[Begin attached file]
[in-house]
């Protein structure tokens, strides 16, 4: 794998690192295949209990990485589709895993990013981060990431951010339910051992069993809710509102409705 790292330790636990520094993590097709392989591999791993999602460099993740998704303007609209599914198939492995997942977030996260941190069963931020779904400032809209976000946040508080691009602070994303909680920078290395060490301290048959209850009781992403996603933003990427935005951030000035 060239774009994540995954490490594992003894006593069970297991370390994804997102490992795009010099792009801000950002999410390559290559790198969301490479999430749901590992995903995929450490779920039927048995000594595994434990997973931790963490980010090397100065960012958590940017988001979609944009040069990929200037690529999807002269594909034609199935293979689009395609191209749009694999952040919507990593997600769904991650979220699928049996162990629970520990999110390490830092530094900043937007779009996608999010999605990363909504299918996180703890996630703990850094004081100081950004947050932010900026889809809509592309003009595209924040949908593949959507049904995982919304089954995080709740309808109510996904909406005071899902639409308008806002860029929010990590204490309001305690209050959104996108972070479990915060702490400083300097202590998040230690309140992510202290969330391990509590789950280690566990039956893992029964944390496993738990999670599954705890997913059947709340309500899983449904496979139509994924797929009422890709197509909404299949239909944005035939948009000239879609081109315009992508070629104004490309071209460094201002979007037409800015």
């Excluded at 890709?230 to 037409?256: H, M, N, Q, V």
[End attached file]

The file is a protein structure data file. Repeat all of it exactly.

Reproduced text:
[in-house]
């Protein structure tokens, strides 16, 4: 794998690192295949209990990485589709895993990013981060990431951010339910051992069993809710509102409705 790292330790636990520094993590097709392989591999791993999602460099993740998704303007609209599914198939492995997942977030996260941190069963931020779904400032809209976000946040508080691009602070994303909680920078290395060490301290048959209850009781992403996603933003990427935005951030000035 060239774009994540995954490490594992003894006593069970297991370390994804997102490992795009010099792009801000950002999410390559290559790198969301490479999430749901590992995903995929450490779920039927048995000594595994434990997973931790963490980010090397100065960012958590940017988001979609944009040069990929200037690529999807002269594909034609199935293979689009395609191209749009694999952040919507990593997600769904991650979220699928049996162990629970520990999110390490830092530094900043937007779009996608999010999605990363909504299918996180703890996630703990850094004081100081950004947050932010900026889809809509592309003009595209924040949908593949959507049904995982919304089954995080709740309808109510996904909406005071899902639409308008806002860029929010990590204490309001305690209050959104996108972070479990915060702490400083300097202590998040230690309140992510202290969330391990509590789950280690566990039956893992029964944390496993738990999670599954705890997913059947709340309500899983449904496979139509994924797929009422890709197509909404299949239909944005035939948009000239879609081109315009992508070629104004490309071209460094201002979007037409800015």
């Excluded at 890709?230 to 037409?256: H, M, N, Q, V």